The San Andreas Fault is of awesome , living color maganitude — 800 miles in length and 12 miles in depth, close to the magma zone. This is the mother of all fault lines. Seeing it live and not in textbooks is a mind rattling “Wow! Wow! Wow!”
The various colorful rock striations remind me of the clay I played with as a kid. Roll it out flat and layer each color and smash them together! The enormous folded, banded rocks alternate light to dark to light, reminding me of a giant’s art project, or a layered dessert, such as an ice cream cake or a rich torte. I am forever thinking of food!
Over the eons the plates’ shifting raises the earth’s crust with spectacular folds, lifting desert into mountains, and earthquakes crunching into geological distortions.
The bikes are put away and Heidi leads us on a hike up the uneven terrain and we stand on top of the world, viewing the incredible power of nature and the landscape created by the San Andreas Fault. It is so steep, soft, and uneven that I have to plant my bottom on the rubble to scoot myself down for fear of slipping. Heidi tells me to land on my heels first.
She points out the Salton Sea and tells an amazing story: in 1905 the Colorado River exploded through the poorly built irrigation controls and kept spilling in until 1907 when protective levees were built to stop the flowing water. By then, the inland lake was 40 miles long and 13 miles wide! The Salton Sea has a higher salinity level than the Pacific Ocean.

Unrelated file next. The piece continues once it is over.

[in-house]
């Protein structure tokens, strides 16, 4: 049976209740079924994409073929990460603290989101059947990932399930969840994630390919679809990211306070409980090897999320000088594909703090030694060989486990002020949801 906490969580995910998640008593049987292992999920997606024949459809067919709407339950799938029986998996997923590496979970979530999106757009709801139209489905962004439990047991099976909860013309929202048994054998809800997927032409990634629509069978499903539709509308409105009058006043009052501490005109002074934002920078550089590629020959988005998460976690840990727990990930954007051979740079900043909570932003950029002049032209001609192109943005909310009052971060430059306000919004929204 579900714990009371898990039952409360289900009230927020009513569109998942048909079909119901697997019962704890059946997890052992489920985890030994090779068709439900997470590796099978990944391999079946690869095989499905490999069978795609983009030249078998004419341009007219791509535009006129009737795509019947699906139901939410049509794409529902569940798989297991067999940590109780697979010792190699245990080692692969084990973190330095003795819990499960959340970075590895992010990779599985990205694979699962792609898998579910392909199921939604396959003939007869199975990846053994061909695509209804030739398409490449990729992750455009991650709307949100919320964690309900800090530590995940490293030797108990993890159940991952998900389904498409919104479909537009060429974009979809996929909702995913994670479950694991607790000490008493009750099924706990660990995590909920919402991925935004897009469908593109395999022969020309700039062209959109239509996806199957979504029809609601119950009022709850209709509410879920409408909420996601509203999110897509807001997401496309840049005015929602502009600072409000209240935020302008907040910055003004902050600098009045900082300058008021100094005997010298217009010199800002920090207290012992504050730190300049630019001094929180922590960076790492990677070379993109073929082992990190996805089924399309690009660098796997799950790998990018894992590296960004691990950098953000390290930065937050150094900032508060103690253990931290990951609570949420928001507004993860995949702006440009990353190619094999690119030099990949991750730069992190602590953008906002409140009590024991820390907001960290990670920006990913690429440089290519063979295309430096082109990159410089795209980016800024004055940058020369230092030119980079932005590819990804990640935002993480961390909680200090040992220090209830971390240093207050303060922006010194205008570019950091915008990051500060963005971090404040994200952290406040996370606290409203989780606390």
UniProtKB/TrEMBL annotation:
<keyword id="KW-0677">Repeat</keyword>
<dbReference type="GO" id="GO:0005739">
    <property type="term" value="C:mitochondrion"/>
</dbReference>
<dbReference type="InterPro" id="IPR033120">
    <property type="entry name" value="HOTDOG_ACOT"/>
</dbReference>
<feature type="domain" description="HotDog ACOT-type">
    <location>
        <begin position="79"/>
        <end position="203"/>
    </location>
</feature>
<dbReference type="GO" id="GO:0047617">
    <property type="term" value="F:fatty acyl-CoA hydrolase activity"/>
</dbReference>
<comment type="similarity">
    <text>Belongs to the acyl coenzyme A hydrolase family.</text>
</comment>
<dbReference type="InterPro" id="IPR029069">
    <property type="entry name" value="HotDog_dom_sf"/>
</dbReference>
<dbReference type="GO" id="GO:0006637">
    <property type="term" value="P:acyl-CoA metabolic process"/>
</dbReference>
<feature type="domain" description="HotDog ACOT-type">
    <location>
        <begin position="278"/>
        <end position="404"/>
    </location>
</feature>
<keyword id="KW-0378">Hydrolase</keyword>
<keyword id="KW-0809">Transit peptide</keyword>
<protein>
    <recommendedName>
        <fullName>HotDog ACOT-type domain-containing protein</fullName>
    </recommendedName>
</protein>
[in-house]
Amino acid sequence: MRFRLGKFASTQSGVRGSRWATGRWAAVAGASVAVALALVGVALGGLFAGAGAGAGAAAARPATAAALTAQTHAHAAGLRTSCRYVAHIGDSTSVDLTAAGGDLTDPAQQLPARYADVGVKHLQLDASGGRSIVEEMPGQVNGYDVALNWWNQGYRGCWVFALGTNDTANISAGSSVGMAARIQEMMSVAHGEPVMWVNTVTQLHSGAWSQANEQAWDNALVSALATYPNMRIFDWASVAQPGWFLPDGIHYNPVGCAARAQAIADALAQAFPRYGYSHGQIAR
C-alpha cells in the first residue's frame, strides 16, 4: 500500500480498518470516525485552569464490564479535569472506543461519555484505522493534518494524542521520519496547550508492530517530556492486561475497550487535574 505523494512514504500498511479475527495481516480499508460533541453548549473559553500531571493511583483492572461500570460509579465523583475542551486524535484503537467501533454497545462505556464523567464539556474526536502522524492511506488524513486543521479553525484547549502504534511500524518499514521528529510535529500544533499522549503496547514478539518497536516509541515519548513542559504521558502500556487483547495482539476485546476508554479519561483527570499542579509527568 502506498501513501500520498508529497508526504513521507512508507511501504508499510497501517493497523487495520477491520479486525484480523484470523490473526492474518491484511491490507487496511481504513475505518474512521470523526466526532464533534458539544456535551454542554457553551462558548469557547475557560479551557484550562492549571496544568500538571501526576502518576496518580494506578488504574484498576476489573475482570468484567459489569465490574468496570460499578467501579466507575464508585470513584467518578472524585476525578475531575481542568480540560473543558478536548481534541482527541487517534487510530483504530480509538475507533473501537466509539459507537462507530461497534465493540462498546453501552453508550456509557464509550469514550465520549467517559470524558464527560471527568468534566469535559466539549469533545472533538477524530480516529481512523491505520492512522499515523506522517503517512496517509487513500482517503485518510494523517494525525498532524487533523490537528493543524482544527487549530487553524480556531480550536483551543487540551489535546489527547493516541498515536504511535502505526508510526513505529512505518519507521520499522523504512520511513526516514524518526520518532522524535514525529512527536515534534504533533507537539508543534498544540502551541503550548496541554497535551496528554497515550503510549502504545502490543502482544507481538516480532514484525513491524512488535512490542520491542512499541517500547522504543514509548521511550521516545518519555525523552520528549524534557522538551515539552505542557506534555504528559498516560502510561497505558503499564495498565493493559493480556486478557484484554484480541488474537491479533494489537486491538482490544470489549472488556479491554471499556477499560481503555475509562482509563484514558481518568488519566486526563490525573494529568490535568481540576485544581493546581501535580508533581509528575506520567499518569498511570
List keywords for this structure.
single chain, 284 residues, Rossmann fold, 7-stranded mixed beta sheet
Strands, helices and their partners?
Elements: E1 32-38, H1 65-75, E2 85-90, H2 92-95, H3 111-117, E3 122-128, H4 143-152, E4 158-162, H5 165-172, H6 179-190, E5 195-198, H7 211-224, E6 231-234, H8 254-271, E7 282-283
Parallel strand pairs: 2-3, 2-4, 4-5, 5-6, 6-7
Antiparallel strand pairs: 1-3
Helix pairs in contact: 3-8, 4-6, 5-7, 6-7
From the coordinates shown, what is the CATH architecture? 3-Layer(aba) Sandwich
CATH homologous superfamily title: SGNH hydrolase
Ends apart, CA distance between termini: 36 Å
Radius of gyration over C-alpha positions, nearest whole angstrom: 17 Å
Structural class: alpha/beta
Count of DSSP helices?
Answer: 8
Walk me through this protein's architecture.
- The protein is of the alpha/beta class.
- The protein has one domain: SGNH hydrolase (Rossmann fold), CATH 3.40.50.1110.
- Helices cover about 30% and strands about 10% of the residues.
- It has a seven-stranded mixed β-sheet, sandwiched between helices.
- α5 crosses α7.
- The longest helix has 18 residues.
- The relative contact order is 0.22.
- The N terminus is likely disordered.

We walk through seedless Thompson grape vineyards that are so juicy I am tempted to squeeze the living daylight out of each one. Orchards bursting with citrus and date palms sit side by side. Gardens full of vegetables are soooo ready for the picking.
The ride back to our resort leads us through celebrity homes and hideouts with enormous date palms, Arabian horses and magnificent architecture are wrapped by the circumscribing mountains.
After an exhiarating hiking and biking day I must say it was a “faultless” San Andreas Fault mountain biking tour.
— By Lena Hunt Mabra, Kansas City Correspondent.